The sad little sailboat saga continues…it rests farther on it’s side, slowly filling with sand and water. It is something for kids and adults to climb on, poke through, and ponder. If the owner doesn’t claim it in 3 weeks, it will be removed and “disposed of”.
Since I am on the beach almost every day, it provides brain food for my walk. There are so many great grace lessons attached to this little craft. The anchor, chain, and rope are still attached. The anchor must have dislodged during a storm. Isn’t that the way life is sometimes? You think things are rock solid/firmly anchored and then an unexpected turn of events breaks you free from your anchorage. If you’re not prepared to take control, you drift along propelled by the force of the water. Failing to take control at some point will result in capsizing or being washed ashore. If (and hopefully when) you take control, you have to work with the external forces – wind, waves, obstacles, etc. Applying this to my life, it means working with the plan God has for me – not fighting it. I firmly believe that God has a plan for each of us – but it will not come to fruition without active participation on our part. Very likely, each of us at some point in life will wash up on the beach. Trying to regain control and make it back out on the water requires effort, support, and a plan. Being willing to ask for and accept help. It also takes realizing and believing that you can recover, you are worth the effort, and drive. Without those things and actions, you become like this little sailboat.
My grace lessons that I have gained: Anchoring in what appears to be a safe harbor is no guarantee. You may not have the choice about when you cast off your bow line. You will have to make a choice about controlling your direction and working within the context of a larger plan (God’s plan). You are never guaranteed safe sailing, but resources are available if you reach out. The uncertainty of the journey is still fair superior to staying anchored in a safe harbor or slowly becoming buried alive by the sand and the passage of time. Never be afraid to dig out, shove out, and rejoin the journey.
Sunshine – Blinded by it, or letting it illuminate your surroundings.
A friend and I were talking about different personalities. I was struck by the thought that some people are like looking into the sun – they are so bright/effusive/larger than life that you tend not to notice details because they are obscured by the light. There is a magnetism that draws you close or invokes a desire to emulate that person…until you get a better look as the light dims a little. Then there are those that sit quietly and allow the sun to illuminate their surroundings instead of themselves. You can see them clearly, imperfections and all. They are quieter, more inviting. You feel comfortable talking with them, knowing instinctively that they are listening to you – hearing you. Maybe as you get wiser (I don’t think there is a relationship to age/youth as much as there is to wisdom), you realize that while there is a need for both personalities, that quiet contemplative soul really is more compelling than larger than life.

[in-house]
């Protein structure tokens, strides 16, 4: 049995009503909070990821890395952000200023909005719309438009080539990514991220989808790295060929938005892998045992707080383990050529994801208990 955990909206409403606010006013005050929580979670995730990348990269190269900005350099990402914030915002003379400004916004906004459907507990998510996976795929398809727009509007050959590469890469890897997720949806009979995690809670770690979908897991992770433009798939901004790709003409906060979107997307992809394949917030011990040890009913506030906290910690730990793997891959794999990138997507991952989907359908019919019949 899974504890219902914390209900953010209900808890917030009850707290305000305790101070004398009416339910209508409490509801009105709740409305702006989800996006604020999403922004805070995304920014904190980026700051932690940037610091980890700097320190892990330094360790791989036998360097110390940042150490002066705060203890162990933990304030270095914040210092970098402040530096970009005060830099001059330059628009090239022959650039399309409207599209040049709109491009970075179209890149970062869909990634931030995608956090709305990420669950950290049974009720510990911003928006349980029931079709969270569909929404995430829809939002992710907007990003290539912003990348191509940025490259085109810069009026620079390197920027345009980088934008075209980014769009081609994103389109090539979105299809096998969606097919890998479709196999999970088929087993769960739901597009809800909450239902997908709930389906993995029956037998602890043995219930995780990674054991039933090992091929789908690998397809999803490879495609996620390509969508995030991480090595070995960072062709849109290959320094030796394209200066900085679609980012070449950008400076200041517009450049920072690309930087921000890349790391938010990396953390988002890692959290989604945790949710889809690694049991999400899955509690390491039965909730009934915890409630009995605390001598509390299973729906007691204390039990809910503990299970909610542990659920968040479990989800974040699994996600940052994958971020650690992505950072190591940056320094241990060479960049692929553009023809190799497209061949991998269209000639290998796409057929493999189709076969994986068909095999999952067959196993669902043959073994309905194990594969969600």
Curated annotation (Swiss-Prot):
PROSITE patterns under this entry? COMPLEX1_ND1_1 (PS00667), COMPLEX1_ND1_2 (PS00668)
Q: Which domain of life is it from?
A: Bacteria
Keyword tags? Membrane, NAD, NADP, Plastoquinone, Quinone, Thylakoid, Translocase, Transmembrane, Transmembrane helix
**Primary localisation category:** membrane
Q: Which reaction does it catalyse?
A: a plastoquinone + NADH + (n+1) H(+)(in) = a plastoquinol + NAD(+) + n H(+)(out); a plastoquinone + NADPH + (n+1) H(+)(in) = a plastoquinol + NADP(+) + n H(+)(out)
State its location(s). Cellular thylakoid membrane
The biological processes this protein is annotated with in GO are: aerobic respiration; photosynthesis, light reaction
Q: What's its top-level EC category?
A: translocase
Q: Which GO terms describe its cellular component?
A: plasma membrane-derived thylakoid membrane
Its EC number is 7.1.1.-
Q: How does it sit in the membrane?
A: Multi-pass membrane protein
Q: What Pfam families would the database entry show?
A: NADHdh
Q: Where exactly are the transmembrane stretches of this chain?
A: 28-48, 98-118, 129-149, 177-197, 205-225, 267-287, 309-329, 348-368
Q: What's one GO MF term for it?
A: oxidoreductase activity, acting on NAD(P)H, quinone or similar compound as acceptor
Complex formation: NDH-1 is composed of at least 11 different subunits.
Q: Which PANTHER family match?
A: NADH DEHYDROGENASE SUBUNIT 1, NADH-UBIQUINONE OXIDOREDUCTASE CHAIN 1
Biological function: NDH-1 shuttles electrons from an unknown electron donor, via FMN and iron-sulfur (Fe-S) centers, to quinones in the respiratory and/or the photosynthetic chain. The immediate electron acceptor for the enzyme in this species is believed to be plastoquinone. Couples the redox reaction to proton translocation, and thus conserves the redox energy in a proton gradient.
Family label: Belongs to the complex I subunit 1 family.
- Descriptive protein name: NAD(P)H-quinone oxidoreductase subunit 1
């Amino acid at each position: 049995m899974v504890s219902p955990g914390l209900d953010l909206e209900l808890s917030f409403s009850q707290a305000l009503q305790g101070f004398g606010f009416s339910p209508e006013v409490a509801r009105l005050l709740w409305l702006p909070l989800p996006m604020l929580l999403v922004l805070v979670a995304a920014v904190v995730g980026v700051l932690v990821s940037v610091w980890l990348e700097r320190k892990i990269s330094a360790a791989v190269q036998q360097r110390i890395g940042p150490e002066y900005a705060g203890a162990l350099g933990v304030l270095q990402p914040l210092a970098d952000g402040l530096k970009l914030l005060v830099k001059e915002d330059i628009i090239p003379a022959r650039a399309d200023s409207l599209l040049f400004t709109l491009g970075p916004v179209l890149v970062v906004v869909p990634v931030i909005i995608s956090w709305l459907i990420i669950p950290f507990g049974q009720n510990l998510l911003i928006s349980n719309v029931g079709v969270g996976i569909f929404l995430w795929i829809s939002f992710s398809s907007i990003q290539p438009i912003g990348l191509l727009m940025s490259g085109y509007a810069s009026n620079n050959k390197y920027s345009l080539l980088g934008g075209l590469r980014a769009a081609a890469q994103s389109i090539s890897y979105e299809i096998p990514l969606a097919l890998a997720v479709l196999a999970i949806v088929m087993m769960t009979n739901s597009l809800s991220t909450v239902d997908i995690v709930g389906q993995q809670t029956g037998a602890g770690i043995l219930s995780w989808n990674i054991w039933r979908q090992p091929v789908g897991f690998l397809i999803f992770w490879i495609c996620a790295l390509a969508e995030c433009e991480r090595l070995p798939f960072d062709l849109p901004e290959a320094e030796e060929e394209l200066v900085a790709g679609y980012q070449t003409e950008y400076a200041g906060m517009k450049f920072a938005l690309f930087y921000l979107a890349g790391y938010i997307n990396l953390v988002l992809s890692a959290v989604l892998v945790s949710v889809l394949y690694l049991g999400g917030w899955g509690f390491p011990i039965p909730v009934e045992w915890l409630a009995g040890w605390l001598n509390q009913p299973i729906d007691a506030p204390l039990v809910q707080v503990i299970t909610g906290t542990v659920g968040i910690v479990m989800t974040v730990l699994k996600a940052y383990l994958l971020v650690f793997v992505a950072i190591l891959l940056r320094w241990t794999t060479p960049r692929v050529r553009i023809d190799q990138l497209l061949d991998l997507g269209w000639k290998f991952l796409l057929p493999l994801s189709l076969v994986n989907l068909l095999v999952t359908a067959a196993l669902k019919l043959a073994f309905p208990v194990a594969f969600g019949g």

Grace lesson: We need both types of personalities in the world – but never feel “less than” if you’re not the bright, larger than life being in the room.
Deepak Chopra recently offered a free meditation series on empowerment. One of the sessions included a discussion about ego and goals. My take-away from that discussion was that fixating on goals is a function of the ego. The ego is like a clenched fist around the goal – holding so tightly that it inhibits growth and potential. Goals – or milestones – are great to have. They help provide a focus. Unfortunately, it is easy to become so attached to them that they become the be-all and end-all. Opening your hand (or fist) requires the ego to step aside and acknowledge that it’s not the goal but the journey that holds value. I have known many people (and I have done it as well) that don’t react well when the goal becomes not possible. I have also learned the value of being on the journey to reach a milestone while keeping my mind open to possibilities of detours, side trips, and unexpected lessons – AND – not being devastated when that original goal/milestone is not realized. That truly is a grace lesson. Opening your hands, your heart, and your mind allows you to receive so much more than your original “goal”. A goal or milestone should really be a resting point – a place where you might sit down, reflect on the journey you’ve been experiencing, and the opportunity to look forward and see the unlimited possibility stretching out on your path. Realize that it might not look what you envisioned at the start of the journey.